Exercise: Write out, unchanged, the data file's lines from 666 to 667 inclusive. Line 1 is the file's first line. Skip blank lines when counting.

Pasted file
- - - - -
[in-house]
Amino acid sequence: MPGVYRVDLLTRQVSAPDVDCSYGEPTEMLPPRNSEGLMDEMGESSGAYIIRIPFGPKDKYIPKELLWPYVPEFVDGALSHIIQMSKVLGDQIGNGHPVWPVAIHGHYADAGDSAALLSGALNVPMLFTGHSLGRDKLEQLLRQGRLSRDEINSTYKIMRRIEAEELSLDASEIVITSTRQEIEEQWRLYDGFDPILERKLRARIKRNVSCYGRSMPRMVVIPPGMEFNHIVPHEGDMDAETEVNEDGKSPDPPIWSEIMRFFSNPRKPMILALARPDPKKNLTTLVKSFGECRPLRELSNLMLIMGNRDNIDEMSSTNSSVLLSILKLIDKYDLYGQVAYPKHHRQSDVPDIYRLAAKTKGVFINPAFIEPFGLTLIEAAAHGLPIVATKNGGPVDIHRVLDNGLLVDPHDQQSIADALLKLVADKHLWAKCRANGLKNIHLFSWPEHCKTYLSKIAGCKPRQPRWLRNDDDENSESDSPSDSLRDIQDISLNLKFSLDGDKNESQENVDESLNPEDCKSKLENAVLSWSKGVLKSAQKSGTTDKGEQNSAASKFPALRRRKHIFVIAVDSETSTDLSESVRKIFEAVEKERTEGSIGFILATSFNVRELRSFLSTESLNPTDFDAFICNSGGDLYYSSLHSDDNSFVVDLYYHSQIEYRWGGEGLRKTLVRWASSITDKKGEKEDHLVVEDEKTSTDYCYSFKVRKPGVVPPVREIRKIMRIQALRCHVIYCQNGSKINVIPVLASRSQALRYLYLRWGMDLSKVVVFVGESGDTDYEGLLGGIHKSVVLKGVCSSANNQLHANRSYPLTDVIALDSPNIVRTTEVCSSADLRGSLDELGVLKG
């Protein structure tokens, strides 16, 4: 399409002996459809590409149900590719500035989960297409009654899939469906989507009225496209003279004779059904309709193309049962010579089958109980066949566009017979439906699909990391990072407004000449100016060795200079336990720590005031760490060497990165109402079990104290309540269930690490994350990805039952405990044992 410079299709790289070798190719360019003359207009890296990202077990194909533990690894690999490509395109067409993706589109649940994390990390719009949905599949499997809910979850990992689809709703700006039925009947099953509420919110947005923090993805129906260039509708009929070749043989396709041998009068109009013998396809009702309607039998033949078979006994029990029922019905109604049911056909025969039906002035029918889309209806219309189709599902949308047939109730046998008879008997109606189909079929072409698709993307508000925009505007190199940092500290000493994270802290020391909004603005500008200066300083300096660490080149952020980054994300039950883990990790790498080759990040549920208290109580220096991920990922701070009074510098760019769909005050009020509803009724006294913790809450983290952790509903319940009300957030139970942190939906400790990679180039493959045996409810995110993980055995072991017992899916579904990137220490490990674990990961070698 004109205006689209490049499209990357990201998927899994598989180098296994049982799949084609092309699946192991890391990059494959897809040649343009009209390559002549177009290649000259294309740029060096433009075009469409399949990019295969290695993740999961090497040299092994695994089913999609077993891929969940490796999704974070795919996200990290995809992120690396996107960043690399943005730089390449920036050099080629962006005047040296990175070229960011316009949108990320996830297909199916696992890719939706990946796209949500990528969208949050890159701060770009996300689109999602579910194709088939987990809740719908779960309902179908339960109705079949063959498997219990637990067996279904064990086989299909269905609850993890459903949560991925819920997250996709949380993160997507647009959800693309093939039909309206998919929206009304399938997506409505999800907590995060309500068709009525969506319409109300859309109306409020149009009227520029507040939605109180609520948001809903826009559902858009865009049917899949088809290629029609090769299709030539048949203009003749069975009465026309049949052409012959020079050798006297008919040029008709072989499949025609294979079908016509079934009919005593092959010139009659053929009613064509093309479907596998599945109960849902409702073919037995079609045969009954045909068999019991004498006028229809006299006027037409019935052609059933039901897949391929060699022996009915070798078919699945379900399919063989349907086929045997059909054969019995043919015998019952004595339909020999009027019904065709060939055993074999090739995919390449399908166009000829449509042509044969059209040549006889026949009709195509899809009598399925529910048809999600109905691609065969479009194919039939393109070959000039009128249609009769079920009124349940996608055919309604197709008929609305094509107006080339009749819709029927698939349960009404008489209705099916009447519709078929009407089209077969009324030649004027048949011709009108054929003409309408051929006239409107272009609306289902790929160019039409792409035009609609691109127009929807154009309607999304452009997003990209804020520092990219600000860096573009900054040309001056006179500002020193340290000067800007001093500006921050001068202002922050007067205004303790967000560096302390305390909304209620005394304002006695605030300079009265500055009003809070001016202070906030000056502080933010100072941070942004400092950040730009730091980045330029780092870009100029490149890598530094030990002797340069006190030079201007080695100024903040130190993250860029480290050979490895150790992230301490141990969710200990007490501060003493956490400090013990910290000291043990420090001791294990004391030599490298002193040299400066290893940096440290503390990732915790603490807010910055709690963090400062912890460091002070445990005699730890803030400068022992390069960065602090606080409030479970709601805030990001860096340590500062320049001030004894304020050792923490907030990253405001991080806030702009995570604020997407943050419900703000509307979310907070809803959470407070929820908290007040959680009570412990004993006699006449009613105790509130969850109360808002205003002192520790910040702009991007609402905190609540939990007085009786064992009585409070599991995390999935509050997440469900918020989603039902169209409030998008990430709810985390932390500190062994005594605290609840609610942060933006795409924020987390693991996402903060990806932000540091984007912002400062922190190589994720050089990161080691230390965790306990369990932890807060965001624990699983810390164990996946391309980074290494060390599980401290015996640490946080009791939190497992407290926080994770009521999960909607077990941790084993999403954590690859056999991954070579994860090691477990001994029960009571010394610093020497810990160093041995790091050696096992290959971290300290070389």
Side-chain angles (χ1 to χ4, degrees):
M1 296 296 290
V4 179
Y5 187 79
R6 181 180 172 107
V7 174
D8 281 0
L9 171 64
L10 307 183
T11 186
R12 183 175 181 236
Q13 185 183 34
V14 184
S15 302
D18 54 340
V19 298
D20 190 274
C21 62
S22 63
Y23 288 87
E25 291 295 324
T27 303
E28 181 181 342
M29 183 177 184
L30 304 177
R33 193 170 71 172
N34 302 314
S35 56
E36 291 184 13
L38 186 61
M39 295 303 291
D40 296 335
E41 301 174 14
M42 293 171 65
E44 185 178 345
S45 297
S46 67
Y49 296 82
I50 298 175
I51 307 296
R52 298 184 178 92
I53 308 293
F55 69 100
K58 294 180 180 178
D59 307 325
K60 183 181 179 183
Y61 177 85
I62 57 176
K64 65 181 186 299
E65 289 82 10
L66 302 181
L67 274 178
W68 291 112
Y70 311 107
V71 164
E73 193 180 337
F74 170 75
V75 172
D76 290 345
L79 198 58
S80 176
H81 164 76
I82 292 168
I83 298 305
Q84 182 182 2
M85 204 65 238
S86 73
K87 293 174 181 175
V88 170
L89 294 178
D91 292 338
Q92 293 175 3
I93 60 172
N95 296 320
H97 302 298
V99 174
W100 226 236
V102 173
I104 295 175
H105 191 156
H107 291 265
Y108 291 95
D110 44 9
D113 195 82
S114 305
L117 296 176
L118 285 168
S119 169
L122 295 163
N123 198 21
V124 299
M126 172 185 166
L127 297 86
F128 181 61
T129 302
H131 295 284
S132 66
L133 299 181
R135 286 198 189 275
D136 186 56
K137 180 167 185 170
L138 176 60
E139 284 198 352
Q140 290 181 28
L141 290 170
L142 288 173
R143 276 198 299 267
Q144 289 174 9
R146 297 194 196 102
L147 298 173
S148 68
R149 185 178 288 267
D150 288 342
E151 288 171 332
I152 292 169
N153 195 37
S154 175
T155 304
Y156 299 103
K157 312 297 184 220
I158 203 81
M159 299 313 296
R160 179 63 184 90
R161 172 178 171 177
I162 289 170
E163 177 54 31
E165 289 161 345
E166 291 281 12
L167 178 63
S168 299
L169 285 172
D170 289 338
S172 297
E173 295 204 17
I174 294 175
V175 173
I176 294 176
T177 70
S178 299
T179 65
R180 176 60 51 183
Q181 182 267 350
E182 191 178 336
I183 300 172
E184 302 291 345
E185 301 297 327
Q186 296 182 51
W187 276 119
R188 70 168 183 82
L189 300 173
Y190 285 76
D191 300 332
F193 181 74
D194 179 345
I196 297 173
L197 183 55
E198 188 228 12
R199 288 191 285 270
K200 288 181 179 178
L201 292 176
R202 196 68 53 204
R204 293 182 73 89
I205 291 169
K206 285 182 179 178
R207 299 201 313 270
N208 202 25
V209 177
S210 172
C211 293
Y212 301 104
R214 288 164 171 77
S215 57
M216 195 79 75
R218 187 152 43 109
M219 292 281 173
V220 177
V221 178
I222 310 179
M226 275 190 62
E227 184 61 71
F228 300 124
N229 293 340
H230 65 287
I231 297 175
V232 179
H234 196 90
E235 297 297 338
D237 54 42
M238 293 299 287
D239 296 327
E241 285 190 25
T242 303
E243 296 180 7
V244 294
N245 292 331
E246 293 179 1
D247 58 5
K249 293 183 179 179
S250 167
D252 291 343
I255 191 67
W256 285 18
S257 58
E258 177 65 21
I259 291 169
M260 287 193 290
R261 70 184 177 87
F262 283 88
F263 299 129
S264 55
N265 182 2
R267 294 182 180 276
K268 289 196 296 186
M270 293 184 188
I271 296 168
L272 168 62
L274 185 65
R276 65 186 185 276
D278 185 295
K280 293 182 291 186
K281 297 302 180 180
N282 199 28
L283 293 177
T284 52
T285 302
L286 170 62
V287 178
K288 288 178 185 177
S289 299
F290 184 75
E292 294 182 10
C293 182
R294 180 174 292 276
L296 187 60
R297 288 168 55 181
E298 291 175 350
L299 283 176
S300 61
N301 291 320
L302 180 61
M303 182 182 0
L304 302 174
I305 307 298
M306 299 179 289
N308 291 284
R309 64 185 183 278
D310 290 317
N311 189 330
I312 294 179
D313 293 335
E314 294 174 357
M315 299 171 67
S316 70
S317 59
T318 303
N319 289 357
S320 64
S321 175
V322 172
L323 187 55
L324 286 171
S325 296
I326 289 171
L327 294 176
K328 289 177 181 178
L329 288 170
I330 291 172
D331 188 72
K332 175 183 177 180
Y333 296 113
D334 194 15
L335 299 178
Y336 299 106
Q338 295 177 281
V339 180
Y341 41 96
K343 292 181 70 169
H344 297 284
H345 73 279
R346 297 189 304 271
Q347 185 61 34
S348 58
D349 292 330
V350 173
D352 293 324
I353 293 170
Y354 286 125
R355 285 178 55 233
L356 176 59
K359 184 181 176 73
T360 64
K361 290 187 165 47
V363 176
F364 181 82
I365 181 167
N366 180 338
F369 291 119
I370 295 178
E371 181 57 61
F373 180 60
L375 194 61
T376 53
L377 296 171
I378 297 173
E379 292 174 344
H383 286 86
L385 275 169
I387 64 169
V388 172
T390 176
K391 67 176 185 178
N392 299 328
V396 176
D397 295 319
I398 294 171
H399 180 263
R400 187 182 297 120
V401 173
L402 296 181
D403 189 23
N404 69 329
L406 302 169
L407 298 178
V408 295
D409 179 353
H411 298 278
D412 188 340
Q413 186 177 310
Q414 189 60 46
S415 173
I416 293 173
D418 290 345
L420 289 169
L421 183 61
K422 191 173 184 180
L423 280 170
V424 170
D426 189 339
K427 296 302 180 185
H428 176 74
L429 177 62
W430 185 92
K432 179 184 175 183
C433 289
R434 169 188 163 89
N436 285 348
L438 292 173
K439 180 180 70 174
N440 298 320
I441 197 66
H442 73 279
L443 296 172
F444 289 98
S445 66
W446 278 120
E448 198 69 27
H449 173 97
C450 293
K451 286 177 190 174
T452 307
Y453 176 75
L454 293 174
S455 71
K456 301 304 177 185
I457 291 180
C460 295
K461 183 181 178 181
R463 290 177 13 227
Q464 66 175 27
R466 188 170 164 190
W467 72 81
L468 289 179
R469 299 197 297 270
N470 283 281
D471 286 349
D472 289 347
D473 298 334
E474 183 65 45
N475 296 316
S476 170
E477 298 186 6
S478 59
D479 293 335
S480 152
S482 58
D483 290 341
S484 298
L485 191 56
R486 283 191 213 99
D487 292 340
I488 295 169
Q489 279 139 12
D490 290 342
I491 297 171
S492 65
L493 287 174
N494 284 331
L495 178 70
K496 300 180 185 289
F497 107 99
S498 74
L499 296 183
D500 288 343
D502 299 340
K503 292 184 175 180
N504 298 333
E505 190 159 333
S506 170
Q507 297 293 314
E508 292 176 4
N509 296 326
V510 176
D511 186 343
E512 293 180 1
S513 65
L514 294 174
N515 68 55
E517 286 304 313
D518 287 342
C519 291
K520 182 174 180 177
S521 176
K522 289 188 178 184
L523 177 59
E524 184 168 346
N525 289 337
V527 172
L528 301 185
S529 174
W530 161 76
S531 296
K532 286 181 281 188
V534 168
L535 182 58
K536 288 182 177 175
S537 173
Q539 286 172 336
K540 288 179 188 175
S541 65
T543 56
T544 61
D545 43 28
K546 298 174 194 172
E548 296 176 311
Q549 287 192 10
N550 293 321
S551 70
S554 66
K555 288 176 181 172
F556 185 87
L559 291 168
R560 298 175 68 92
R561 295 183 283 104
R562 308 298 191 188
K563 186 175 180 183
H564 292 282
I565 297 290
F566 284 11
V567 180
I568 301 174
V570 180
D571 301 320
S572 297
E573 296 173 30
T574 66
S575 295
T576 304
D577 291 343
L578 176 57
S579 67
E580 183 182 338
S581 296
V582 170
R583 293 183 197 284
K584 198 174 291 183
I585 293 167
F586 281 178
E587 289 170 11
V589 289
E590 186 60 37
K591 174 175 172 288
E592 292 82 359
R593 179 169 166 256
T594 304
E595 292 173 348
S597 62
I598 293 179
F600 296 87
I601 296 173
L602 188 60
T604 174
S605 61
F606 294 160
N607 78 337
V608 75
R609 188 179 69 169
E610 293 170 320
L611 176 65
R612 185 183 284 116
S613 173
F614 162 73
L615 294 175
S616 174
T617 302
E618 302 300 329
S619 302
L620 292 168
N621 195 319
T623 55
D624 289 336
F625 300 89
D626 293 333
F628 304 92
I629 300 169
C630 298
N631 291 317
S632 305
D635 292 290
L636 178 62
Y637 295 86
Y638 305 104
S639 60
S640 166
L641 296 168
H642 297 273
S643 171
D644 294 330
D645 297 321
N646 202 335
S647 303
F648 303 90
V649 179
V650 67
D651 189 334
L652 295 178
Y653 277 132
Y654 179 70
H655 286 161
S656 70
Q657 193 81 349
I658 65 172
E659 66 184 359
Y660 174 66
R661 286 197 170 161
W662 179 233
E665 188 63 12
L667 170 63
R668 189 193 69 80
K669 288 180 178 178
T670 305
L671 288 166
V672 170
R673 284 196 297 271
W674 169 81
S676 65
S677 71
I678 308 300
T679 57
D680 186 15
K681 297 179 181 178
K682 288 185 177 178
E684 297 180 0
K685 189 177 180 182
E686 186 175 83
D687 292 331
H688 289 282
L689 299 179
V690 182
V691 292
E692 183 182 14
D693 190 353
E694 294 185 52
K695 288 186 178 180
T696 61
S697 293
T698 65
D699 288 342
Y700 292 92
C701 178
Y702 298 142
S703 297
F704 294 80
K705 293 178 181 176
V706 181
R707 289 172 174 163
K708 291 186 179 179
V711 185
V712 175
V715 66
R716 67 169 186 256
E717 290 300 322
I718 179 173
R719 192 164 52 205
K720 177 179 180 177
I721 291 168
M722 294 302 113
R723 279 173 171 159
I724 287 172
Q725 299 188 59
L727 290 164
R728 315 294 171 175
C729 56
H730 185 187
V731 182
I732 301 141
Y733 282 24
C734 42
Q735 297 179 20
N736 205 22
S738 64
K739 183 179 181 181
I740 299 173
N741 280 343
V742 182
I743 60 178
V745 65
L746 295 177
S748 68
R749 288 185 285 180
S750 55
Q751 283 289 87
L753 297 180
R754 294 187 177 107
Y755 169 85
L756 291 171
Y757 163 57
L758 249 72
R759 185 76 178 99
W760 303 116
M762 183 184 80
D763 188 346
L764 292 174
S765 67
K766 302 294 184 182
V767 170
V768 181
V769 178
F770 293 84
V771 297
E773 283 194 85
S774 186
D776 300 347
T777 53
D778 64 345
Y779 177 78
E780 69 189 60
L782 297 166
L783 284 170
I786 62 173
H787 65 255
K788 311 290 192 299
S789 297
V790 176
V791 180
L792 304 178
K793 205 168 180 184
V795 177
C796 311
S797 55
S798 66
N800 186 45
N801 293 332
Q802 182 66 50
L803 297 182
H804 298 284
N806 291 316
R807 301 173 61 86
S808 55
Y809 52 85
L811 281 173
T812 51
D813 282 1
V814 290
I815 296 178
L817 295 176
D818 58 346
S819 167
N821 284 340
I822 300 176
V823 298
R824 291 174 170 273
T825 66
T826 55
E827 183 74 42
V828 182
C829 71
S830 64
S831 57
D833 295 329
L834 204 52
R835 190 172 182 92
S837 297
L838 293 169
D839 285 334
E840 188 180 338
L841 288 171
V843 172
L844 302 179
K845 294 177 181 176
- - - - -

Q802 182 66 50
L803 297 182